The Conference Call: Scourge of IT

The Conference Call: Scourge of IT

Summary: While telecommuting has made lives more convenient for IT workers, it has also resulted in increasing occurrences of that life-sucking evil succubus: the multi-hour conference call.


Like many people who work in large IT delivery organizations, I've been lucky enough to be designated as a mobile or home-based employee.

Basically that means that the company I work for now allows me to spend an increasingly large amount of time working out of my home office, when I'm not travelling on company business and meeting my colleagues and my customers face-to-face.

There are distinct advantages to being a remote worker, such the ability to be closer to one's family, to have a theoretically more flexible work schedule and spending less time travelling/commuting and more time actually working.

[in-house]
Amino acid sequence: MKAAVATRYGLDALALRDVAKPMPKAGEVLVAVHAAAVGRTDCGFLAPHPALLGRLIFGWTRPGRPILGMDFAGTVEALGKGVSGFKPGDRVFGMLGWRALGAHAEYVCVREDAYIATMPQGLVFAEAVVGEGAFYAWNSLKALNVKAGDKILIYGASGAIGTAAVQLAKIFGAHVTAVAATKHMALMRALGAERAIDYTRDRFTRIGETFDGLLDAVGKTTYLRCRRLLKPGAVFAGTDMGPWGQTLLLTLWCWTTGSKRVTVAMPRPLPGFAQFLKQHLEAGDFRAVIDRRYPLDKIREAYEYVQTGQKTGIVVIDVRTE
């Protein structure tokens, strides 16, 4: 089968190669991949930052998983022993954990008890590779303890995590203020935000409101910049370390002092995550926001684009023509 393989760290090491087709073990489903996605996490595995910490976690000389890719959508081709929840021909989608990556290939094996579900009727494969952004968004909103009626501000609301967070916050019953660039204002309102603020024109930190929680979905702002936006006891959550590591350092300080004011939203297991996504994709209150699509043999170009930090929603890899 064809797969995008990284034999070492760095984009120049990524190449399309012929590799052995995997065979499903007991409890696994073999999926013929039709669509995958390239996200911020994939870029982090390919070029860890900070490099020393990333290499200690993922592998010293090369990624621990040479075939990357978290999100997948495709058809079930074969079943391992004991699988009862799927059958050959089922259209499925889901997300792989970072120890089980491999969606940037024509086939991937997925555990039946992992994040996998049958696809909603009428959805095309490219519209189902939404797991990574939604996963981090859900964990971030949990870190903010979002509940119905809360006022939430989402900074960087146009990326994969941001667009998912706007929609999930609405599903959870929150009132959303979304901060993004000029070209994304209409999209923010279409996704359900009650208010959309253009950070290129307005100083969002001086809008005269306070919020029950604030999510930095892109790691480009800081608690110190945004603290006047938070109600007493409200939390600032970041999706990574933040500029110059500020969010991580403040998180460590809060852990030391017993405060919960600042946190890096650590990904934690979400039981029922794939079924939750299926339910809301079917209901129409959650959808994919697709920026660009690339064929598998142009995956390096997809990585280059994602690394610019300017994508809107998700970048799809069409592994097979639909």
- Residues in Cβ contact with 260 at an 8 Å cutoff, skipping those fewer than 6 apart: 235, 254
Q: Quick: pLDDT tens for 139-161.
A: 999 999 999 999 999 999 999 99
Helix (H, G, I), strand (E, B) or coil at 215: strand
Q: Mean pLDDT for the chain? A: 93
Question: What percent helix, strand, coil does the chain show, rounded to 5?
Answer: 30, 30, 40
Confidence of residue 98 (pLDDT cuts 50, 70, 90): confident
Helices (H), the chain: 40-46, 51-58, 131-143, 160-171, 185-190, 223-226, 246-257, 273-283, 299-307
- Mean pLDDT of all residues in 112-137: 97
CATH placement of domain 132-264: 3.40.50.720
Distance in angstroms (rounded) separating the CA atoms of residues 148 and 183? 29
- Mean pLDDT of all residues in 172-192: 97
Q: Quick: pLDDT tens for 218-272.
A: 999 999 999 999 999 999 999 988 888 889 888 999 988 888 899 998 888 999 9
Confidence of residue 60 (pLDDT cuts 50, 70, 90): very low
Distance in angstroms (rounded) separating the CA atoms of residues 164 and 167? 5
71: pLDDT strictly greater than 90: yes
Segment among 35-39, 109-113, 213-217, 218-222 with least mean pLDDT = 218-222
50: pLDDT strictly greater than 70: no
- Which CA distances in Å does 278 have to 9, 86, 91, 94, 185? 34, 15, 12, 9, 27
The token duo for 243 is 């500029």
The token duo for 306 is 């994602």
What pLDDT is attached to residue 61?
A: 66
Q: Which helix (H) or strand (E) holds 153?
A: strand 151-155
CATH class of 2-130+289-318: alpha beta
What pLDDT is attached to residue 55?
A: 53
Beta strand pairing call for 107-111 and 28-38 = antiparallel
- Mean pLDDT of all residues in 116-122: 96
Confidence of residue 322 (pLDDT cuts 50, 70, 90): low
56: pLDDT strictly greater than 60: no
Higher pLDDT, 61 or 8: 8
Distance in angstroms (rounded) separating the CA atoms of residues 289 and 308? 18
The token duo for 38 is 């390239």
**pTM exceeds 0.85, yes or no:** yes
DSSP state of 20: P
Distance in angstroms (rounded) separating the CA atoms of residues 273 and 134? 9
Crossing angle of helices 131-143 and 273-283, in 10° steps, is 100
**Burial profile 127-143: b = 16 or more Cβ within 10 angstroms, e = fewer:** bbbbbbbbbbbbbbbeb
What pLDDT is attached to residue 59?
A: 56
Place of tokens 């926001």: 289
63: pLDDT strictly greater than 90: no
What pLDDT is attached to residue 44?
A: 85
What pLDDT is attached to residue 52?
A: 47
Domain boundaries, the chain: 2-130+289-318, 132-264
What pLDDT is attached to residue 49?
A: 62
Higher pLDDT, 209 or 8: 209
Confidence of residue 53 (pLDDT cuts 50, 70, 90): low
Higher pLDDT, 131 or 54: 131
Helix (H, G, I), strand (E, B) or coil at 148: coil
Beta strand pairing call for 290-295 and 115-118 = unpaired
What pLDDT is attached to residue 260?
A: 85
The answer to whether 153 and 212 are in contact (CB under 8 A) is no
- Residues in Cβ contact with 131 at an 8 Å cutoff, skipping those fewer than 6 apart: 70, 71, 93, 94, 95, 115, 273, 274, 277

Unfortunately, telecommuting or being a remote worker has its disadvantages. Since you're not expected to commute, you're expected to be extremely productive instead.

That means that while nobody cares if you sit around all day in the same stinky T-shirt or your underwear, or if you neglect your personal hygiene for days on end until your spouse or significant other complains about your ripeness, you're still expected to respond pretty quickly to emails and phone calls and instant messages.

And in lieu of face-to-face contact with your colleagues, you are also expected to attend a lot of conference calls.